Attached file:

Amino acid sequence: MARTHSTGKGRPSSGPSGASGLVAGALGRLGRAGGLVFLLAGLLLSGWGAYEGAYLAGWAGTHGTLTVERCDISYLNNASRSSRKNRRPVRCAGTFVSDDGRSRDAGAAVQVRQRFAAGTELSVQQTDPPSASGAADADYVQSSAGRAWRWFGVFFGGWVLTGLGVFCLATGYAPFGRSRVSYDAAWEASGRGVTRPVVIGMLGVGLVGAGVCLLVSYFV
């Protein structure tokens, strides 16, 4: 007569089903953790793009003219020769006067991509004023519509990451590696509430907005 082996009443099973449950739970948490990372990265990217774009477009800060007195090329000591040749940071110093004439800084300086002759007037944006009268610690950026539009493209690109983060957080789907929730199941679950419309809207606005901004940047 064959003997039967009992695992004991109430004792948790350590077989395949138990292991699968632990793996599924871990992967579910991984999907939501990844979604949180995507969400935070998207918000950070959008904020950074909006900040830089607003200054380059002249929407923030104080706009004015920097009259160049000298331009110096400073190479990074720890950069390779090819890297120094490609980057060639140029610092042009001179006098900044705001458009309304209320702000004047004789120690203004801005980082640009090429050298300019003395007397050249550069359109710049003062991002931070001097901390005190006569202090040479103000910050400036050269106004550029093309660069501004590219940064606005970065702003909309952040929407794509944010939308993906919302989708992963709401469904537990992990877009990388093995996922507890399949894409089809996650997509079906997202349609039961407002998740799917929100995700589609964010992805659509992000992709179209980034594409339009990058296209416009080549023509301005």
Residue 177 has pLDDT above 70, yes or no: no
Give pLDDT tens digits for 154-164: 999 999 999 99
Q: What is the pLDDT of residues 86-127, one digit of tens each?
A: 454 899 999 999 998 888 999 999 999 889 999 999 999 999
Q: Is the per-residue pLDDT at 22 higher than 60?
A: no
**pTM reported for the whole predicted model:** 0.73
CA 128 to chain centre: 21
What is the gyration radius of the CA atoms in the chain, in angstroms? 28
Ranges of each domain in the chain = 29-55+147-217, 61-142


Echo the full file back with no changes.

Amino acid sequence: MARTHSTGKGRPSSGPSGASGLVAGALGRLGRAGGLVFLLAGLLLSGWGAYEGAYLAGWAGTHGTLTVERCDISYLNNASRSSRKNRRPVRCAGTFVSDDGRSRDAGAAVQVRQRFAAGTELSVQQTDPPSASGAADADYVQSSAGRAWRWFGVFFGGWVLTGLGVFCLATGYAPFGRSRVSYDAAWEASGRGVTRPVVIGMLGVGLVGAGVCLLVSYFV
């Protein structure tokens, strides 16, 4: 007569089903953790793009003219020769006067991509004023519509990451590696509430907005 082996009443099973449950739970948490990372990265990217774009477009800060007195090329000591040749940071110093004439800084300086002759007037944006009268610690950026539009493209690109983060957080789907929730199941679950419309809207606005901004940047 064959003997039967009992695992004991109430004792948790350590077989395949138990292991699968632990793996599924871990992967579910991984999907939501990844979604949180995507969400935070998207918000950070959008904020950074909006900040830089607003200054380059002249929407923030104080706009004015920097009259160049000298331009110096400073190479990074720890950069390779090819890297120094490609980057060639140029610092042009001179006098900044705001458009309304209320702000004047004789120690203004801005980082640009090429050298300019003395007397050249550069359109710049003062991002931070001097901390005190006569202090040479103000910050400036050269106004550029093309660069501004590219940064606005970065702003909309952040929407794509944010939308993906919302989708992963709401469904537990992990877009990388093995996922507890399949894409089809996650997509079906997202349609039961407002998740799917929100995700589609964010992805659509992000992709179209980034594409339009990058296209416009080549023509301005």
Residue 177 has pLDDT above 70, yes or no: no
Give pLDDT tens digits for 154-164: 999 999 999 99
Q: What is the pLDDT of residues 86-127, one digit of tens each?
A: 454 899 999 999 998 888 999 999 999 889 999 999 999 999
Q: Is the per-residue pLDDT at 22 higher than 60?
A: no
**pTM reported for the whole predicted model:** 0.73
CA 128 to chain centre: 21
What is the gyration radius of the CA atoms in the chain, in angstroms? 28
Ranges of each domain in the chain = 29-55+147-217, 61-142